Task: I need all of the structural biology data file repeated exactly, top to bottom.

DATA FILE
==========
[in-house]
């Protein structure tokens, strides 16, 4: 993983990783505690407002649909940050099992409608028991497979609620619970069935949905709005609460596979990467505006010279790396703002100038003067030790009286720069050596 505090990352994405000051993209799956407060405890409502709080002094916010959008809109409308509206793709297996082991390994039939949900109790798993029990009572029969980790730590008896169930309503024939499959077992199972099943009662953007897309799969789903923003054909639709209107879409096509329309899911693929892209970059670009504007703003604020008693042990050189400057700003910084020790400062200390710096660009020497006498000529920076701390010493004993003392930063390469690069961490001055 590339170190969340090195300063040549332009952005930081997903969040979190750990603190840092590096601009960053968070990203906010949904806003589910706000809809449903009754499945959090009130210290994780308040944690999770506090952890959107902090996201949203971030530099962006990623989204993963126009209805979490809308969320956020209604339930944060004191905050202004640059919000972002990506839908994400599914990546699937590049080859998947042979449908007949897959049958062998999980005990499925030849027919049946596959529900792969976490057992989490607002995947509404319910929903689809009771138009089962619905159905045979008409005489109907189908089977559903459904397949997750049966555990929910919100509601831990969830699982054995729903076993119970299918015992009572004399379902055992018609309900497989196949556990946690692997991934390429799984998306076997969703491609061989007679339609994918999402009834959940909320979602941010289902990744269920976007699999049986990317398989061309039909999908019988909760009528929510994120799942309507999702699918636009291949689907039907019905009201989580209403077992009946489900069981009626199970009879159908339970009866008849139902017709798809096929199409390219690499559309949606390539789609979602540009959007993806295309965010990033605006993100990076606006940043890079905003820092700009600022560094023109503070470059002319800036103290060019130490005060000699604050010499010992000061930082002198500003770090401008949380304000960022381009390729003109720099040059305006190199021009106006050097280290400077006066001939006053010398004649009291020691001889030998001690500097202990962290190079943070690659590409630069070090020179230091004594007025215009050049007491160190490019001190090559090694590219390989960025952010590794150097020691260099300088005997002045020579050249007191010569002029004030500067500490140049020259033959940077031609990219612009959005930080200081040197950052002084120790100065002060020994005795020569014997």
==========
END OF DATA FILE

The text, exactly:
[in-house]
């Protein structure tokens, strides 16, 4: 993983990783505690407002649909940050099992409608028991497979609620619970069935949905709005609460596979990467505006010279790396703002100038003067030790009286720069050596 505090990352994405000051993209799956407060405890409502709080002094916010959008809109409308509206793709297996082991390994039939949900109790798993029990009572029969980790730590008896169930309503024939499959077992199972099943009662953007897309799969789903923003054909639709209107879409096509329309899911693929892209970059670009504007703003604020008693042990050189400057700003910084020790400062200390710096660009020497006498000529920076701390010493004993003392930063390469690069961490001055 590339170190969340090195300063040549332009952005930081997903969040979190750990603190840092590096601009960053968070990203906010949904806003589910706000809809449903009754499945959090009130210290994780308040944690999770506090952890959107902090996201949203971030530099962006990623989204993963126009209805979490809308969320956020209604339930944060004191905050202004640059919000972002990506839908994400599914990546699937590049080859998947042979449908007949897959049958062998999980005990499925030849027919049946596959529900792969976490057992989490607002995947509404319910929903689809009771138009089962619905159905045979008409005489109907189908089977559903459904397949997750049966555990929910919100509601831990969830699982054995729903076993119970299918015992009572004399379902055992018609309900497989196949556990946690692997991934390429799984998306076997969703491609061989007679339609994918999402009834959940909320979602941010289902990744269920976007699999049986990317398989061309039909999908019988909760009528929510994120799942309507999702699918636009291949689907039907019905009201989580209403077992009946489900069981009626199970009879159908339970009866008849139902017709798809096929199409390219690499559309949606390539789609979602540009959007993806295309965010990033605006993100990076606006940043890079905003820092700009600022560094023109503070470059002319800036103290060019130490005060000699604050010499010992000061930082002198500003770090401008949380304000960022381009390729003109720099040059305006190199021009106006050097280290400077006066001939006053010398004649009291020691001889030998001690500097202990962290190079943070690659590409630069070090020179230091004594007025215009050049007491160190490019001190090559090694590219390989960025952010590794150097020691260099300088005997002045020579050249007191010569002029004030500067500490140049020259033959940077031609990219612009959005930080200081040197950052002084120790100065002060020994005795020569014997």